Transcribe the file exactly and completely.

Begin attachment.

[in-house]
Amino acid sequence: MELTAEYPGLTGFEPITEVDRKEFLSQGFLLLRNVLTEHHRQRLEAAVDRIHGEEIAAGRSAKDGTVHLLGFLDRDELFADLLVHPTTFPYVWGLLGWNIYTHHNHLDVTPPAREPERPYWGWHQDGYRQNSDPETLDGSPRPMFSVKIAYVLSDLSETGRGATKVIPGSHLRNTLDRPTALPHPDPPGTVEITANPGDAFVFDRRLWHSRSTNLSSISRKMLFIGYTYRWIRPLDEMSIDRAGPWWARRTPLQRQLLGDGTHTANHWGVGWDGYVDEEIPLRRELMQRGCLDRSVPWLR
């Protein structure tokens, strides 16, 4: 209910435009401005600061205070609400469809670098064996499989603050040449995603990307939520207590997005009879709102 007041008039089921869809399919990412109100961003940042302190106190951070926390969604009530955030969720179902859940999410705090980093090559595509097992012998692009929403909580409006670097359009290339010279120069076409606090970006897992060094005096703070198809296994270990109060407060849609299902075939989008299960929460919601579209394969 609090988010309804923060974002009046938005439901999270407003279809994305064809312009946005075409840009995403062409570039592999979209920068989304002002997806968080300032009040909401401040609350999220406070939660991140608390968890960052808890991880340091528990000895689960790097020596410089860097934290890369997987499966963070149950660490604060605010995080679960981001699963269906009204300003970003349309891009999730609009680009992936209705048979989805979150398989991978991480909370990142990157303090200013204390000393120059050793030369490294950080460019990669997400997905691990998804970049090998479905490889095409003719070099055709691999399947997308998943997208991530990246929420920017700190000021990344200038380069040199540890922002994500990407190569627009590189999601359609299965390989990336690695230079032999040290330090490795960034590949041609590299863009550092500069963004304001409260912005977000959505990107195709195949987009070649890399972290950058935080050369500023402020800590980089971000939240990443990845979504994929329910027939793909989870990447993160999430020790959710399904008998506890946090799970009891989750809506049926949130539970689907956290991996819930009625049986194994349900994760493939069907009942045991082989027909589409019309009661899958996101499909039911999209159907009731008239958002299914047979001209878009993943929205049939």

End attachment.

[in-house]
Amino acid sequence: MELTAEYPGLTGFEPITEVDRKEFLSQGFLLLRNVLTEHHRQRLEAAVDRIHGEEIAAGRSAKDGTVHLLGFLDRDELFADLLVHPTTFPYVWGLLGWNIYTHHNHLDVTPPAREPERPYWGWHQDGYRQNSDPETLDGSPRPMFSVKIAYVLSDLSETGRGATKVIPGSHLRNTLDRPTALPHPDPPGTVEITANPGDAFVFDRRLWHSRSTNLSSISRKMLFIGYTYRWIRPLDEMSIDRAGPWWARRTPLQRQLLGDGTHTANHWGVGWDGYVDEEIPLRRELMQRGCLDRSVPWLR
């Protein structure tokens, strides 16, 4: 209910435009401005600061205070609400469809670098064996499989603050040449995603990307939520207590997005009879709102 007041008039089921869809399919990412109100961003940042302190106190951070926390969604009530955030969720179902859940999410705090980093090559595509097992012998692009929403909580409006670097359009290339010279120069076409606090970006897992060094005096703070198809296994270990109060407060849609299902075939989008299960929460919601579209394969 609090988010309804923060974002009046938005439901999270407003279809994305064809312009946005075409840009995403062409570039592999979209920068989304002002997806968080300032009040909401401040609350999220406070939660991140608390968890960052808890991880340091528990000895689960790097020596410089860097934290890369997987499966963070149950660490604060605010995080679960981001699963269906009204300003970003349309891009999730609009680009992936209705048979989805979150398989991978991480909370990142990157303090200013204390000393120059050793030369490294950080460019990669997400997905691990998804970049090998479905490889095409003719070099055709691999399947997308998943997208991530990246929420920017700190000021990344200038380069040199540890922002994500990407190569627009590189999601359609299965390989990336690695230079032999040290330090490795960034590949041609590299863009550092500069963004304001409260912005977000959505990107195709195949987009070649890399972290950058935080050369500023402020800590980089971000939240990443990845979504994929329910027939793909989870990447993160999430020790959710399904008998506890946090799970009891989750809506049926949130539970689907956290991996819930009625049986194994349900994760493939069907009942045991082989027909589409019309009661899958996101499909039911999209159907009731008239958002299914047979001209878009993943929205049939």